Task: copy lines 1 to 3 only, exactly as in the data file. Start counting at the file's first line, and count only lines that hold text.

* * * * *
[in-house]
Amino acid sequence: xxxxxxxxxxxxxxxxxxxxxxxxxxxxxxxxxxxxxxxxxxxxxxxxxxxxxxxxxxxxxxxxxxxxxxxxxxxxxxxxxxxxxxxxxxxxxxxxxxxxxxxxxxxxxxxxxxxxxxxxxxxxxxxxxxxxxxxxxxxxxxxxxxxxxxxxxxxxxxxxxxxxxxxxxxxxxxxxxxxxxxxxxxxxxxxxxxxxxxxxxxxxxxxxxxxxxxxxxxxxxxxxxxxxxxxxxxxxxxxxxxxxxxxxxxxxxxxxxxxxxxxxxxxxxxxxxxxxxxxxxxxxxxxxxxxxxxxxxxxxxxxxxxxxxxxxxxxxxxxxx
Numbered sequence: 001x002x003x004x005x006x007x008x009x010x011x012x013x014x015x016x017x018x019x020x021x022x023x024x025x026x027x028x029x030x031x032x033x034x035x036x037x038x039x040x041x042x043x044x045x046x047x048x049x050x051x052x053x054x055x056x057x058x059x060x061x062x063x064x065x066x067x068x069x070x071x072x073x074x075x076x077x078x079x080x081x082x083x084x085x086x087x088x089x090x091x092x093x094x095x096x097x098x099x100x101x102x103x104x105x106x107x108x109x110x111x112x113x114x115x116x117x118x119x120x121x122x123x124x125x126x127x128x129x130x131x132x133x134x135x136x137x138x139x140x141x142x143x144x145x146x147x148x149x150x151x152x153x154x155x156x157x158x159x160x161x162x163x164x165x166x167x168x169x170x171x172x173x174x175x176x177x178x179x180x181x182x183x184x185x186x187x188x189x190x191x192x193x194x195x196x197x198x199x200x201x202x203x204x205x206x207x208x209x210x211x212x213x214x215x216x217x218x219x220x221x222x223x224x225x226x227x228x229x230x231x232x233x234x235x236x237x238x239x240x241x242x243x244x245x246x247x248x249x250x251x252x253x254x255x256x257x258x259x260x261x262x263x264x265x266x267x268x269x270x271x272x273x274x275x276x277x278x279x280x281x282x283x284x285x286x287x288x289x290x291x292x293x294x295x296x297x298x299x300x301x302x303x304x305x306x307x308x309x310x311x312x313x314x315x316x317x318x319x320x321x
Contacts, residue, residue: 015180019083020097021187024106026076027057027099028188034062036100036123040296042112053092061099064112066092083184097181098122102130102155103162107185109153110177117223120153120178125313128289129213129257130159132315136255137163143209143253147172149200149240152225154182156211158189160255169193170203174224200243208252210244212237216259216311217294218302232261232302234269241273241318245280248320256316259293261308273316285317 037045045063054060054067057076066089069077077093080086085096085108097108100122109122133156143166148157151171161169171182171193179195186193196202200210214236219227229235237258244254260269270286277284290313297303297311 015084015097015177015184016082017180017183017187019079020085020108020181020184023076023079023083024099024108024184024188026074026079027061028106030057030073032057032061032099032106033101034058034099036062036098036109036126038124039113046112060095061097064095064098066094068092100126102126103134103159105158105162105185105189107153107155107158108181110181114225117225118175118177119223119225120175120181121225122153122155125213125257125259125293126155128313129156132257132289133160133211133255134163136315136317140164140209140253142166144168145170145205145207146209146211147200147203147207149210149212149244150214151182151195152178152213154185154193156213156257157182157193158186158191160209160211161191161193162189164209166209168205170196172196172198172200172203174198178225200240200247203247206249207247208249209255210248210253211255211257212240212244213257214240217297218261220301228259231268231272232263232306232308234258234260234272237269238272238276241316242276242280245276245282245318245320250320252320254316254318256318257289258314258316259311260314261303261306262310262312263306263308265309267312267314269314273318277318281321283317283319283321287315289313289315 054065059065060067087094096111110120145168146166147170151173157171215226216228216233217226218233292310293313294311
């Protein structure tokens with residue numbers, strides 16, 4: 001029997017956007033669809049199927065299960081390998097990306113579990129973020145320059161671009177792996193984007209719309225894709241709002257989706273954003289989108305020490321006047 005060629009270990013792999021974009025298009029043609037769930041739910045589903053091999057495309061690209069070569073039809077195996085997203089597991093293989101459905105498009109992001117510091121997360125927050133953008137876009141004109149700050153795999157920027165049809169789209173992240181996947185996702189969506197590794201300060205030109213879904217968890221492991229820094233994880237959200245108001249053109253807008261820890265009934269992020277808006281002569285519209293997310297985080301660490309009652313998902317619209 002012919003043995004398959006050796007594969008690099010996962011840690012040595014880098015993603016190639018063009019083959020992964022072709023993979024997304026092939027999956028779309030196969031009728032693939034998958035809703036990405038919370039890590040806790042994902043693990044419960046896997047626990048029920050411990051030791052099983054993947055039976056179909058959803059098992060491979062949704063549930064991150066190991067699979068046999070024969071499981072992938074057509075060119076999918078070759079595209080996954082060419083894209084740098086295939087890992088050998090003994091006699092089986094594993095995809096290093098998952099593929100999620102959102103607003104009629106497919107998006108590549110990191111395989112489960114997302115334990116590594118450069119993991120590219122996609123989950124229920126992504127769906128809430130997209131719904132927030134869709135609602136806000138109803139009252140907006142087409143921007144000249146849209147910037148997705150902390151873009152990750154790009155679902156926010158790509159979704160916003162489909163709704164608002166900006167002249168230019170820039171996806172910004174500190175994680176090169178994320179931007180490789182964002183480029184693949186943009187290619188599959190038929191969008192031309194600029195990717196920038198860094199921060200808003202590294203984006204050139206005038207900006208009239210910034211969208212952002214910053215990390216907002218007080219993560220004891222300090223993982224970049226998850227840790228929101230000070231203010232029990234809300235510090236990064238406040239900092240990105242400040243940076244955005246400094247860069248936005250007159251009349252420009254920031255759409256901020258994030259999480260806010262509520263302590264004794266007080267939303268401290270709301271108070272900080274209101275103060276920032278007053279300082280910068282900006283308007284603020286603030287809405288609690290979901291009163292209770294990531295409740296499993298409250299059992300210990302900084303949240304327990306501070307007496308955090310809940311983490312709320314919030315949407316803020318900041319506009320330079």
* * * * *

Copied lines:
[in-house]
Amino acid sequence: xxxxxxxxxxxxxxxxxxxxxxxxxxxxxxxxxxxxxxxxxxxxxxxxxxxxxxxxxxxxxxxxxxxxxxxxxxxxxxxxxxxxxxxxxxxxxxxxxxxxxxxxxxxxxxxxxxxxxxxxxxxxxxxxxxxxxxxxxxxxxxxxxxxxxxxxxxxxxxxxxxxxxxxxxxxxxxxxxxxxxxxxxxxxxxxxxxxxxxxxxxxxxxxxxxxxxxxxxxxxxxxxxxxxxxxxxxxxxxxxxxxxxxxxxxxxxxxxxxxxxxxxxxxxxxxxxxxxxxxxxxxxxxxxxxxxxxxxxxxxxxxxxxxxxxxxxxxxxxxxx
Numbered sequence: 001x002x003x004x005x006x007x008x009x010x011x012x013x014x015x016x017x018x019x020x021x022x023x024x025x026x027x028x029x030x031x032x033x034x035x036x037x038x039x040x041x042x043x044x045x046x047x048x049x050x051x052x053x054x055x056x057x058x059x060x061x062x063x064x065x066x067x068x069x070x071x072x073x074x075x076x077x078x079x080x081x082x083x084x085x086x087x088x089x090x091x092x093x094x095x096x097x098x099x100x101x102x103x104x105x106x107x108x109x110x111x112x113x114x115x116x117x118x119x120x121x122x123x124x125x126x127x128x129x130x131x132x133x134x135x136x137x138x139x140x141x142x143x144x145x146x147x148x149x150x151x152x153x154x155x156x157x158x159x160x161x162x163x164x165x166x167x168x169x170x171x172x173x174x175x176x177x178x179x180x181x182x183x184x185x186x187x188x189x190x191x192x193x194x195x196x197x198x199x200x201x202x203x204x205x206x207x208x209x210x211x212x213x214x215x216x217x218x219x220x221x222x223x224x225x226x227x228x229x230x231x232x233x234x235x236x237x238x239x240x241x242x243x244x245x246x247x248x249x250x251x252x253x254x255x256x257x258x259x260x261x262x263x264x265x266x267x268x269x270x271x272x273x274x275x276x277x278x279x280x281x282x283x284x285x286x287x288x289x290x291x292x293x294x295x296x297x298x299x300x301x302x303x304x305x306x307x308x309x310x311x312x313x314x315x316x317x318x319x320x321x